My aim is to see how far I can push textiles and transform the human’s natural physical body shapes to fit the fantastical shapes and bodies of these folklore monsters. Having worked as both a costume designer and maker, I aim to do both the designing/costume illustrations as well as the 3D development and making.


My reading list for the digital aspect of this project will grow organically, as I will mostly need to follow tutorials and blog posts as the project grows. I bought ‘The Maltese Bestiary’ for my initial research on Maltese Monsters. The aim of this. book is to present as many Maltese Monsters and traditions as possible and does not have as much detail as I would need if I choose to focus on one or two monsters. Thus, I compiled the below list of individuals who would be interesting to interview and hopefully present more details on the stories of these magnificent mythological creatures.

I recently watched Encoanto and the costumes are so well thought through that it shows that they had a professional costume designer coordinating and designing them. A couple of years ago I looked into whether there was work for costume designers and makers in animated films. At the time costumes for animated films were taken care of by the character designers. Now, like when animated films had originally started, animation studios are giving priority to the costumes and allowing professionals to work on them. I believe that being able to create 3D clothing at the designing stage would be really useful when working in this part of the industry.

Finally, once I have learned how to use the software, weighed out the pros and cons of generating costumes in this way, I would like to take my works and ideas to industry practitioners and see what they think about it. I would also like to present it to my fellow student peers and see if their opinion is the same as practitioners'. As it may be that students may be more willing to learn how to use the new software than practitioners who have managed to succeed in their career without it.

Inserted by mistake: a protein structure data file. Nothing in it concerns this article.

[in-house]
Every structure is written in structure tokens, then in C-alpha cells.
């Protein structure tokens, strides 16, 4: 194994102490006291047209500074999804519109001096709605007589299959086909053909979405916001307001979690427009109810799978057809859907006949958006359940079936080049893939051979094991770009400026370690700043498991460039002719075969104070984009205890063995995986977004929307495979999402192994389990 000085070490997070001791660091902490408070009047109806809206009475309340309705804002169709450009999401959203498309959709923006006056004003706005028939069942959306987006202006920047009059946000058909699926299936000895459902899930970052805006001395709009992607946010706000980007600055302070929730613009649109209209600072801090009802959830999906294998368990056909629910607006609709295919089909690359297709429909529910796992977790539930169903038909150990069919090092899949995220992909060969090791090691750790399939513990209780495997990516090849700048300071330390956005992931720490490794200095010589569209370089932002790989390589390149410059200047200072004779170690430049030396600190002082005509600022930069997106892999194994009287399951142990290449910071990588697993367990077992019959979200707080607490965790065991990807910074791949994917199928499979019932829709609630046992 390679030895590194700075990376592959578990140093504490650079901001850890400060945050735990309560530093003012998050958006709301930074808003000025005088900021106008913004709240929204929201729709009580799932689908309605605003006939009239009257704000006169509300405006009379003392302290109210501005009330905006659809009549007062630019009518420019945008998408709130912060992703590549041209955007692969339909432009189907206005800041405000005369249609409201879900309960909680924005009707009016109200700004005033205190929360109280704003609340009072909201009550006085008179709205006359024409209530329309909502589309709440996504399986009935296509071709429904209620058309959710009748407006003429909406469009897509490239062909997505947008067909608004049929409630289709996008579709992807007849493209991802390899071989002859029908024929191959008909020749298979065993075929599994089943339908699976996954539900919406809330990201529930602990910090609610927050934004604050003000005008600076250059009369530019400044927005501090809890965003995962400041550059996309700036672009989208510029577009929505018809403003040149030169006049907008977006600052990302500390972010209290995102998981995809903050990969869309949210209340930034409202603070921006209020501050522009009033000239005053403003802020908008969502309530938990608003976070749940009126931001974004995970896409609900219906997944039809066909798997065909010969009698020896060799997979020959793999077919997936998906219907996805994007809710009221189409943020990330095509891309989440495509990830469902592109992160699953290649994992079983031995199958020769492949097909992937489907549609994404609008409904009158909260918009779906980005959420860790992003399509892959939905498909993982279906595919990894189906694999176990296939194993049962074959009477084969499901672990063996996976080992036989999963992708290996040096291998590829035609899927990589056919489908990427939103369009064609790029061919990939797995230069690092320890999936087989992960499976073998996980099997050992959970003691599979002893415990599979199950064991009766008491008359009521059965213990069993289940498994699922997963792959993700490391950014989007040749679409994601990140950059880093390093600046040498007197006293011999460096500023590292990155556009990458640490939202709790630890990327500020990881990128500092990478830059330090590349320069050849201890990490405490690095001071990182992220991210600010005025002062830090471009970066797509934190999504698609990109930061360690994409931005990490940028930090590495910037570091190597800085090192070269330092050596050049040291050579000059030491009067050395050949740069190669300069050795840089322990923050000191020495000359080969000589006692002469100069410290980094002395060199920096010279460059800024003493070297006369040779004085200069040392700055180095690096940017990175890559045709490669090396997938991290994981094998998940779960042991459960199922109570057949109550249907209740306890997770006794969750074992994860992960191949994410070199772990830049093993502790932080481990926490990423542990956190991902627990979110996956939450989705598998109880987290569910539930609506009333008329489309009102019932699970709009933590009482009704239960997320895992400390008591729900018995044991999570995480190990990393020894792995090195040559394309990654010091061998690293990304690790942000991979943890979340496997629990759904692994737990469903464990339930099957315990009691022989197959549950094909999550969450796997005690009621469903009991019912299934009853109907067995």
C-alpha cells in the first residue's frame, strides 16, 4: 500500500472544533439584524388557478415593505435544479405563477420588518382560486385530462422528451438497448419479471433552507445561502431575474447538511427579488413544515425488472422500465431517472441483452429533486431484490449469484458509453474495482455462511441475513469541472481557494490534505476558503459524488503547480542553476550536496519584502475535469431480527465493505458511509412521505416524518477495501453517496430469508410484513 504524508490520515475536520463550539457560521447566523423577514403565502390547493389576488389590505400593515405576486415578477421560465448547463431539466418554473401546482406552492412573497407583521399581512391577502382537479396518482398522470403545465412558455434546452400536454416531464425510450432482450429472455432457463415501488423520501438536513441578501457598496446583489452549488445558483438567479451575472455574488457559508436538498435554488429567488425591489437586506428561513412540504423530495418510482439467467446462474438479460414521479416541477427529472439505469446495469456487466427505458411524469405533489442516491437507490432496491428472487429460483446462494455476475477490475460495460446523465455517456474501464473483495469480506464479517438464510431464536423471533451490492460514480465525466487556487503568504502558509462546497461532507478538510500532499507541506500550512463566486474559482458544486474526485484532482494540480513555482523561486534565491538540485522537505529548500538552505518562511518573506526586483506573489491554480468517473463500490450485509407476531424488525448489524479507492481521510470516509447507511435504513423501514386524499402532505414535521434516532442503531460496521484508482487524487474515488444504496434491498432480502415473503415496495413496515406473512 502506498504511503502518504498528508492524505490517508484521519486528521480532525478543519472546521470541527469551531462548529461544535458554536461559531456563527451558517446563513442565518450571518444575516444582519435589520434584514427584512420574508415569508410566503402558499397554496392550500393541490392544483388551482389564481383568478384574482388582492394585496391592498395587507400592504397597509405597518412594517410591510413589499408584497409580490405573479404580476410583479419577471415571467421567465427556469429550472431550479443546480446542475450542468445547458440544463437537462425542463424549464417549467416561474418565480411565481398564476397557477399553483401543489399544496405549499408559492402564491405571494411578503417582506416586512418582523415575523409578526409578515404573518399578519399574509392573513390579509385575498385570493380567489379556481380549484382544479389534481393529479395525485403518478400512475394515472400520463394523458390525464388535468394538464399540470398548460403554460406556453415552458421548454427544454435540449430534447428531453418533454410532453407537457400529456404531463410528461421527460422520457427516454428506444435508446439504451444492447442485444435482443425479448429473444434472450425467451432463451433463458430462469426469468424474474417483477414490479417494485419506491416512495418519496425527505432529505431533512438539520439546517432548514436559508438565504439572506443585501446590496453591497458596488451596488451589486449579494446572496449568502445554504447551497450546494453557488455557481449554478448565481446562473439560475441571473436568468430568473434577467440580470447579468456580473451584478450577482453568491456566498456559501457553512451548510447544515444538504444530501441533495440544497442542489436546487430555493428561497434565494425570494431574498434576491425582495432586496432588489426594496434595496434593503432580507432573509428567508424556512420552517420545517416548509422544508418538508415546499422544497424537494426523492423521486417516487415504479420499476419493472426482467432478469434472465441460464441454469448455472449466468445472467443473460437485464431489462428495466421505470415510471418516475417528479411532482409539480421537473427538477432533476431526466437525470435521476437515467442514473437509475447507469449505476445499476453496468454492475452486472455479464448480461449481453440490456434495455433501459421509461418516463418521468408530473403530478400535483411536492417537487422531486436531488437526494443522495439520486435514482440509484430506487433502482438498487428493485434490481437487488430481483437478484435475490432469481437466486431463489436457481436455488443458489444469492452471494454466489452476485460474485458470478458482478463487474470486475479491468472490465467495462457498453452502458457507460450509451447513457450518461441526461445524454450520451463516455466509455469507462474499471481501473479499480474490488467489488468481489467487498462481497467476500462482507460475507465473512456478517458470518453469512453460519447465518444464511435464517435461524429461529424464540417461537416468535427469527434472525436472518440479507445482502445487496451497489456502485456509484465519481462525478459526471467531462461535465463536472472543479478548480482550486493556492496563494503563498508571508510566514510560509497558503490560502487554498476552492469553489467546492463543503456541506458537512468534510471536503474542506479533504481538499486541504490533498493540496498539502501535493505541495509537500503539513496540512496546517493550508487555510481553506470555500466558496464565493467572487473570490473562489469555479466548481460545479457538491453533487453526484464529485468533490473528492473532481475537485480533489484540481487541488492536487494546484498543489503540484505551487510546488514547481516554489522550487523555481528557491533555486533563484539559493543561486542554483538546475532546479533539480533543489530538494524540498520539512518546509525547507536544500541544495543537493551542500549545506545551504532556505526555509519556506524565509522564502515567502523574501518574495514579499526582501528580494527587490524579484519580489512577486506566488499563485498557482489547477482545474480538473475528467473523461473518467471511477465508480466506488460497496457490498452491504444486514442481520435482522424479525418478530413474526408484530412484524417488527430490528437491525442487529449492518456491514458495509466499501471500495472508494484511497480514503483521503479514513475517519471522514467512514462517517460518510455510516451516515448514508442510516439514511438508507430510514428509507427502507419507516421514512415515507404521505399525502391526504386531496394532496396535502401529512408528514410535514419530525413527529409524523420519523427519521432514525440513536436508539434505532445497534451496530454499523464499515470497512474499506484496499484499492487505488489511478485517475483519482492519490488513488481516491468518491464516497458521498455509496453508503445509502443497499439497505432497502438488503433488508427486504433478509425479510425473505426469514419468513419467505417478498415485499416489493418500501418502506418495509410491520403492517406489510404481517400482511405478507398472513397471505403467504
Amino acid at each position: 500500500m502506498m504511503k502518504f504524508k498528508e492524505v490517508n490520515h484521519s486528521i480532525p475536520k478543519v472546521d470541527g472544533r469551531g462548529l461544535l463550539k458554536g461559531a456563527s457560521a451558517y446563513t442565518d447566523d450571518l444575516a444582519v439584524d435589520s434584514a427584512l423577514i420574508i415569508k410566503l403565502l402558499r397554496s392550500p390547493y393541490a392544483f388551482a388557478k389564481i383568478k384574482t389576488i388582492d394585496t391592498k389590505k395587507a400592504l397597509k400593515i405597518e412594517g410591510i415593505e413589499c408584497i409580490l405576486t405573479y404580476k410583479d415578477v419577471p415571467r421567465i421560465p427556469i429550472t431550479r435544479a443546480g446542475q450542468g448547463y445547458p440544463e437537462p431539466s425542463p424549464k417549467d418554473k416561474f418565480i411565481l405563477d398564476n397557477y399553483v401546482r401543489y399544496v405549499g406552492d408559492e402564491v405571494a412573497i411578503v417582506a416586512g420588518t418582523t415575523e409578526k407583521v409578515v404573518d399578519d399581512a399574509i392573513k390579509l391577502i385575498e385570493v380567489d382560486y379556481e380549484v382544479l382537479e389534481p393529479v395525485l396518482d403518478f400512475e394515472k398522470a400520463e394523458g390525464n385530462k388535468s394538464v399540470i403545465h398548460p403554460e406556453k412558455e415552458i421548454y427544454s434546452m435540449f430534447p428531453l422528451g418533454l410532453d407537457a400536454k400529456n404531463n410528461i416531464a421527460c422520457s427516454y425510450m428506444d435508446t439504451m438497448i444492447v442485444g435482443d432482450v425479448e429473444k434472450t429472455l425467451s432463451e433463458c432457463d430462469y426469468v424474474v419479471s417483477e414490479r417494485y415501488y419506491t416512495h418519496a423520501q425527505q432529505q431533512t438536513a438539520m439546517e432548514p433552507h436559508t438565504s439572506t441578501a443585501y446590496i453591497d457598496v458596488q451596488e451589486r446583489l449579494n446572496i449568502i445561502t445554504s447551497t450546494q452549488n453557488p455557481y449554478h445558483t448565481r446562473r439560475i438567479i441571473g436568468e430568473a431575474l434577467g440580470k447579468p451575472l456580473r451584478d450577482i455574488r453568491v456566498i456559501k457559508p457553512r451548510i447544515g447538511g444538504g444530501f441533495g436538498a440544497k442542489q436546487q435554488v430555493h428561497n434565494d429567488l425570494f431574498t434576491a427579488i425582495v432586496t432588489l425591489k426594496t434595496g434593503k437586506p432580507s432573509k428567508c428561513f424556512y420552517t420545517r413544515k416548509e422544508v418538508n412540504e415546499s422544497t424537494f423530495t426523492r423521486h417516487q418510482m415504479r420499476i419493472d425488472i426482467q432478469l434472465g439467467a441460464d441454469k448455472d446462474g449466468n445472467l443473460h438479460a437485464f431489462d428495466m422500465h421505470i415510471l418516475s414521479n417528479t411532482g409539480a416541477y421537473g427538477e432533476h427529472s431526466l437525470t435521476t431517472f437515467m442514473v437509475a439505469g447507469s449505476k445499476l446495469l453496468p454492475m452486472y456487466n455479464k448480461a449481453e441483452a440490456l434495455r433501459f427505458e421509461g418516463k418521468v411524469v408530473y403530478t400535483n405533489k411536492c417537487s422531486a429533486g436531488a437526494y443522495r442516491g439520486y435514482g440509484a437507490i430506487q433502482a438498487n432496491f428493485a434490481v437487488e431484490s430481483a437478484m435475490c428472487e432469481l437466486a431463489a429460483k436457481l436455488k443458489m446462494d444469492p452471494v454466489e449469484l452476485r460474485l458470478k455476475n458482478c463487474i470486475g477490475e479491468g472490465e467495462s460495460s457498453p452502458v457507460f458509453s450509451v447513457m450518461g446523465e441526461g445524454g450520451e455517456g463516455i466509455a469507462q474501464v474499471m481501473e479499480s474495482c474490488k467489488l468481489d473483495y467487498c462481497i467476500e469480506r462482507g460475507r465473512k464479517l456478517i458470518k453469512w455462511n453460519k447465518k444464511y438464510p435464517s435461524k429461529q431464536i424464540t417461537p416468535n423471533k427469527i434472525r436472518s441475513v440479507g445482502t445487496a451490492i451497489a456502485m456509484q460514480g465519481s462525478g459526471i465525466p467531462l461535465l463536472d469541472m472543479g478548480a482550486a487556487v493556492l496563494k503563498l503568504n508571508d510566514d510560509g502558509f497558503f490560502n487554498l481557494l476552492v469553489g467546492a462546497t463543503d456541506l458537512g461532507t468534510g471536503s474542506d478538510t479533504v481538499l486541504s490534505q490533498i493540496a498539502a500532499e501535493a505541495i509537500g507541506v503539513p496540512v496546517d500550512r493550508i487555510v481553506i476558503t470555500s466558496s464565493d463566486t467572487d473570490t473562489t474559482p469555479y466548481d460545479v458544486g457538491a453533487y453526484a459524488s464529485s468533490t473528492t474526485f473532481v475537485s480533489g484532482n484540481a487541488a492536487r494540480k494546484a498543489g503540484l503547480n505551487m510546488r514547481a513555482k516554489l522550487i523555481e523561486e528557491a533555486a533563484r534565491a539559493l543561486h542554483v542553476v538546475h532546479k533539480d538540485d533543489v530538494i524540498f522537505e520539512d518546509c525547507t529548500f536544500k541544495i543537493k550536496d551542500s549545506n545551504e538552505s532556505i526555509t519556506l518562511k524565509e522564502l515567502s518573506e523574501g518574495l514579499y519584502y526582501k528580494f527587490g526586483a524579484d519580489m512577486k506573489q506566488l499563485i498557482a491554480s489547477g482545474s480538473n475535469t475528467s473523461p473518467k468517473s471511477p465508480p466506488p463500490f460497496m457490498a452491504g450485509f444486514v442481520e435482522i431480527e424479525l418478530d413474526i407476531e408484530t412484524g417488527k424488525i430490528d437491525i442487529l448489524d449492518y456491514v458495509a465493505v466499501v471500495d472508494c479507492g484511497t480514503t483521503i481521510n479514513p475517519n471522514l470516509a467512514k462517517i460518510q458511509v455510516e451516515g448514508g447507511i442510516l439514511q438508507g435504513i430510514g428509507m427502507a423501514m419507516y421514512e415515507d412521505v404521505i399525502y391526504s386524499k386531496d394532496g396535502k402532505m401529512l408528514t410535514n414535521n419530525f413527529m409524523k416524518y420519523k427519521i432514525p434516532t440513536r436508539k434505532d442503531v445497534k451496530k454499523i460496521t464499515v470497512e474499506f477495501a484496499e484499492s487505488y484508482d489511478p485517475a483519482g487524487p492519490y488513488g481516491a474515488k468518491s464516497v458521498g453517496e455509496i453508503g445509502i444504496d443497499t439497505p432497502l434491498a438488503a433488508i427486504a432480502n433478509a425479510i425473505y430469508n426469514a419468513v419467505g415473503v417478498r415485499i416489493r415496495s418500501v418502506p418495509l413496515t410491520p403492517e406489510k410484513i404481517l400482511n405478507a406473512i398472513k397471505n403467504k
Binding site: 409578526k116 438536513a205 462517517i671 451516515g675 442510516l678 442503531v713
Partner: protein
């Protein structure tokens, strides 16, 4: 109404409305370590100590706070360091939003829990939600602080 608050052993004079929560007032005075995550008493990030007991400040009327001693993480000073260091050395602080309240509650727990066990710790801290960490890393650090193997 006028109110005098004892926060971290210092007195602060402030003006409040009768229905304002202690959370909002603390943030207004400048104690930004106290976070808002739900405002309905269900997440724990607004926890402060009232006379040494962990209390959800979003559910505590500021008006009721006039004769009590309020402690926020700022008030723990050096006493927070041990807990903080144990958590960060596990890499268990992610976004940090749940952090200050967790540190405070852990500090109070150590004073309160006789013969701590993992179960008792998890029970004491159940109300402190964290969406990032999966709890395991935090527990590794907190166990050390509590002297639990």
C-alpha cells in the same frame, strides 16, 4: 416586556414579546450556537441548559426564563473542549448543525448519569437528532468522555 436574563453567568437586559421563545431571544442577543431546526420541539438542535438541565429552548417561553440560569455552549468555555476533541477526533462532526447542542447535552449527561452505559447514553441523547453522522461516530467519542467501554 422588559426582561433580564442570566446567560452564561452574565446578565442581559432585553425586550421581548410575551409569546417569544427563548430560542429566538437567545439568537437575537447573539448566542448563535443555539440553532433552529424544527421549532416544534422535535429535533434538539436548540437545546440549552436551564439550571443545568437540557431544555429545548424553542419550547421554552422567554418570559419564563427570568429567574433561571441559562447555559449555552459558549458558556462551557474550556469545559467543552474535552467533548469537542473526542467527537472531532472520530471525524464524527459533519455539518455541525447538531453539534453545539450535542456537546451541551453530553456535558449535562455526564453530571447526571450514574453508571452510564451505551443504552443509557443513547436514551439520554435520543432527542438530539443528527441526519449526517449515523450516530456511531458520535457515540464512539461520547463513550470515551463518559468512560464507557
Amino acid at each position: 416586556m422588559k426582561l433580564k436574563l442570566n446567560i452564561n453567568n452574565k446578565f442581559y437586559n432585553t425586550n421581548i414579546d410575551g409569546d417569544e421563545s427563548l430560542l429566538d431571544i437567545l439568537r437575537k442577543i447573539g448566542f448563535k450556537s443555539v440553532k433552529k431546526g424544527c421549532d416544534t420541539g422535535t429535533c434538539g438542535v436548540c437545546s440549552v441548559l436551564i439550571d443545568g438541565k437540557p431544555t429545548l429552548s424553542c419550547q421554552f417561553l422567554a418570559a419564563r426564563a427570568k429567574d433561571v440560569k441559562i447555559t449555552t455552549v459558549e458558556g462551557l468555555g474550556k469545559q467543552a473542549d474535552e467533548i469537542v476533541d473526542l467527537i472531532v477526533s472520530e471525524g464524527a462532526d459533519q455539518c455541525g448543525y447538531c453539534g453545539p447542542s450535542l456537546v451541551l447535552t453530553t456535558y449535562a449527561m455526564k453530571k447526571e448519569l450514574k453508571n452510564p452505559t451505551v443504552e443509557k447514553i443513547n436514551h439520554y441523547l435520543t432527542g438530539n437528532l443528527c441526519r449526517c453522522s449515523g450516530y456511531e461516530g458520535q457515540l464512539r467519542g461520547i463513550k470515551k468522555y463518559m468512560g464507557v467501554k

People I would like to interview about the monsters

Stephan D Mifsud (Author of ‘The Maltese Bestiary’.)

Pierre Portelli (Designer of ‘The Maltese Bestiary’.)

Maltese artists inspired by the monsters:

Eric Leone

Joseph Bugeja


  • Bain, M., 2022. The New Technologies Fashion Schools Are Teaching Students. [online] The Business of Fashion. Available at: <> [Accessed 13 January 2022].
  • CLO Official Site. 2021. CLO | 3D Fashion Design Software. [online] Available at: <> [Accessed 13 January 2022].
  • Digital Fashion Evolution with 3D Fashion Technologies | TG3D Studio. n.d. Digital Fashion Evolution with 3D Fashion Technologies | TG3D Studio. [online] Available at: <> [Accessed 13 January 2022].
  • 2022. Jane Law — Bespoke Costumes. [online] Available at: <> [Accessed 13 January 2022].
  • Kurtti, J., 2019. The Art of Disney Costuming (Disney Editions Deluxe): Heroes, Villains, & Spaces Between. New York: Hyperion, pp.33, 36.
  • Lost Wax. n.d. Pattern Shop — Lost Wax. [online] Available at: <> [Accessed 13 January 2022].
  • Marketing, C., 2020. Parsons Fashion Design Students Unveil Final Presentations Using CLO — CLO Virtual Fashion. [online] CLO Virtual Fashion. Available at: <> [Accessed 13 January 2022].
  • Mifsud, S., 2014. The Maltese bestiary. Blata l-Bajda: Merlin Publishers.
  • 2022. Before you continue to YouTube. [online] Available at: <> [Accessed 13 January 2022].
  • 2021. Making Pattern: Pattern Drafting (EN). [online] Available at: <> [Accessed 13 January 2022].

Table of Images

Img 1 — Cinderella costume — 2022. Jane Law — Bespoke Costumes. [online] Available at: <> [Accessed 13 January 2022].

Img 2 — Job opportunity — CLO Official Site. 2021. CLO | 3D Fashion Design Software. [online] Available at: <> [Accessed 13 January 2022].

Img 3–5 — Maltese Mythological creatures/fables illustrated (Manduca2022)



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Michela Manduca

Michela Manduca

Maltese student at Liverpool Institute of Performing Arts, currently reading for my MA in costume making.